Recently, a company called nwave began producing dev-kits using the Weightless Technology which you can see in the banner image up top. Although the hardware exists it is a very small run and only available to members of the development team. If you happen to have been on the Weightless mailing list when the Weightless-N SDK was announced there was an offer to get a “free” development board to the first 100 development members. I use bunny ears on free because in order to become a member of the developer team you have to pay a yearly fee of £900. Don’t abrasively “pffffft” just yet, if you happened to be one first 100 there was an offer for developers that came up with a product and submitted it back for certification to get their £900 refunded to them. It’s not the best deal going, but the incentive to follow through with a product is an interesting take.

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Philips Says: No Internet of Things for You!

The 900-pound gorilla in the corner of the Internet of Things (IoT) hype that everyone is trying to ignore is interoperability. In the Internet of Internets (IoI) everything works on a few standards that are widely accepted: IP and HTML. The discrepancies are in the details and the standards wars are in the past. Websites are largely interoperable. Not so in the wild-west ethos of the IoT.

Philips makes a line of ZigBee-enabled RGB lightbulbs that took the enthusiast community by storm. And initially, Philips was very friendly to other devices — it makes a ZigBee-to-WiFi bridge that would let you control all of your ZigBee-based lights, regardless of their manufacturer, from your phone. Until now.

Philips has just rolled out a “Friends of Hue” certification process, and has since pushed out a firmware update where their Hue bridges stop interoperating with non-certified devices. You can read Philips’ version of the story here.

Philips Locks Out 3rd Party ZigBee Hardware

The hub shown on the right is what's being locked down.
The hub shown on the right is what’s being locked down.

The short version is that, ZigBee standards be damned, your future non-Philips lights won’t be allowed to associate with the Philips bridge. Your GE and Osram bulbs aren’t Friends of Hue. DIY RGB strips in your lighting mix? Not Friends of Hue. In fact, you won’t be surprised to know who the “Friends of Hue” are: other Philips products, and Apple. That’s it. If you were used to running a mixed lighting system, those days are over. If you’re not on the friends list, you are an Enemy of Hue.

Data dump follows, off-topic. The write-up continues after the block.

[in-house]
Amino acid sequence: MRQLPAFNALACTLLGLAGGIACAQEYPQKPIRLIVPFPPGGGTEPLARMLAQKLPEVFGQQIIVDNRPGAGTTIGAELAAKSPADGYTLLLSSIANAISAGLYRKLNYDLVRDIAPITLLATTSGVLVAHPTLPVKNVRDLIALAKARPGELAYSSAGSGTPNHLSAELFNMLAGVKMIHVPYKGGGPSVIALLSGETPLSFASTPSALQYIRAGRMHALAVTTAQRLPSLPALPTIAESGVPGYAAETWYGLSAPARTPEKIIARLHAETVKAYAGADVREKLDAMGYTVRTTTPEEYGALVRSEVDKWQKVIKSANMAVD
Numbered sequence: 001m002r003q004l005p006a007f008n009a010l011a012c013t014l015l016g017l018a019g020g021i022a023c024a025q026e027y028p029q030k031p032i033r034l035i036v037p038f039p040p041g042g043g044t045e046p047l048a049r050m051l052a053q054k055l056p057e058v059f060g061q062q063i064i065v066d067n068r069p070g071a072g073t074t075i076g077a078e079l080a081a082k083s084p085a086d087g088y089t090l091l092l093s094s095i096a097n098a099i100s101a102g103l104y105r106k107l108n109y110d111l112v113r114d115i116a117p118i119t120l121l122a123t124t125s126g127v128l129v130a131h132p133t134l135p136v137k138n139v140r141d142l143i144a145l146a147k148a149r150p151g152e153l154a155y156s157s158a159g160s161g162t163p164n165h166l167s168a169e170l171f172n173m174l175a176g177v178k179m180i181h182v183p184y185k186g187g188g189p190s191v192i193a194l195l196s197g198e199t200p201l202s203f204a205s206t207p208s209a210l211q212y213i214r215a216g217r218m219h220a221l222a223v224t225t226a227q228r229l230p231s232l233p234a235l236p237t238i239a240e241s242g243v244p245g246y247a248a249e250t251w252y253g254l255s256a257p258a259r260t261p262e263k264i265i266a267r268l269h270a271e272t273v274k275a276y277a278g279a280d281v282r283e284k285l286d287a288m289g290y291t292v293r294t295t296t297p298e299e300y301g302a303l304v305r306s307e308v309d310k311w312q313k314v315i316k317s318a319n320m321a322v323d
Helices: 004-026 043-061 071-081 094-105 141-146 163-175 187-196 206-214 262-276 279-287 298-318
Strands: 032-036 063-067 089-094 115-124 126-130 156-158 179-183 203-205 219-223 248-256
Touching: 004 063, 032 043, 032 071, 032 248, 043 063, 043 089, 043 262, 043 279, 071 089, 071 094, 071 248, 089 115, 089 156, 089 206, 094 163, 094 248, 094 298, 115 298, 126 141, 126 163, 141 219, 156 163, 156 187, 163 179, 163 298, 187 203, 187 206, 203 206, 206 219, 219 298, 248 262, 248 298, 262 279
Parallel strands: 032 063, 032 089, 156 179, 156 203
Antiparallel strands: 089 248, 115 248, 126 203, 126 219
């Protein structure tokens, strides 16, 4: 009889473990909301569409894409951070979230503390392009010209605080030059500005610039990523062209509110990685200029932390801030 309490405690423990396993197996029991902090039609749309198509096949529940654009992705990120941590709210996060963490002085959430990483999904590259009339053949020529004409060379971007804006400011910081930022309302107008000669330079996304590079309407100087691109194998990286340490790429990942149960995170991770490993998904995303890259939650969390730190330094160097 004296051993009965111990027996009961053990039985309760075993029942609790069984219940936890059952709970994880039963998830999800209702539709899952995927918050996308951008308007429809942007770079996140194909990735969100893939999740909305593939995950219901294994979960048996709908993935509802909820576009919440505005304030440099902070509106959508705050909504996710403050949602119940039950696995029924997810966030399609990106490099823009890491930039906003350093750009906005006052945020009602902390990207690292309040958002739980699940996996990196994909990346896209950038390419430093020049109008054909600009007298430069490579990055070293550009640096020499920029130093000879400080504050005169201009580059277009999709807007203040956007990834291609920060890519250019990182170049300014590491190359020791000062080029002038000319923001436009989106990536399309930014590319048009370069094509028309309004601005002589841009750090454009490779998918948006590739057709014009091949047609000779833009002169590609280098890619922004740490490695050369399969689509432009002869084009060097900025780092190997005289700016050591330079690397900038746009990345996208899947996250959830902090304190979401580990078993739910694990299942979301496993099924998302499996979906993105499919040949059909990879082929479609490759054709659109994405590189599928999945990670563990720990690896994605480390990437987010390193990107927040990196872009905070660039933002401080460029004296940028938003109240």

Their claim is that third party products may display buggy behavior on a Philips network, and that this loads up their customer-response hotlines and makes people think that Philips is responsible. Of course, they could simply tell people to disable the “other” devices and see how it works, putting the blame where it belongs. Or they could open up a “developer mode” that made it clear that the user was doing something “innovative”. But neither of these strategies prevent consumers from buying other firms’ bulbs, which cost only 30-50% of Philips’ Hue line.

While Philips is very careful to not couch it as such, the Friends of Hue program really looks like an attempt to shut out their competitors; Philips got an early lead in the RGB LED game and has a large share of the market. As they say themselves in their own press release “Today these 3rd party bulbs represent a minimal fraction of the total product connected to our bridges so the percentage of our users affected is minimal.” And they’d like to keep it that way, even though the people they’re hurting are probably their most vocal and dedicated customers.

Who owns the IoT?

This Techdirt response to the situation is positively apoplectic, and there’s been the predictable flood of tirades in the comments on Slashdot. [Joel Ward], who in January was celebrating the ability to afford enough colored lights to appease his son is not so happy anymore.

And while we, with our manual light switches, laugh comfortably at the first-world problems of Hue consumers, we have to ask ourselves whether we’re next. Today they come for our RGB lightbulbs, but tomorrow it might be our networked toasters. A chilling thought!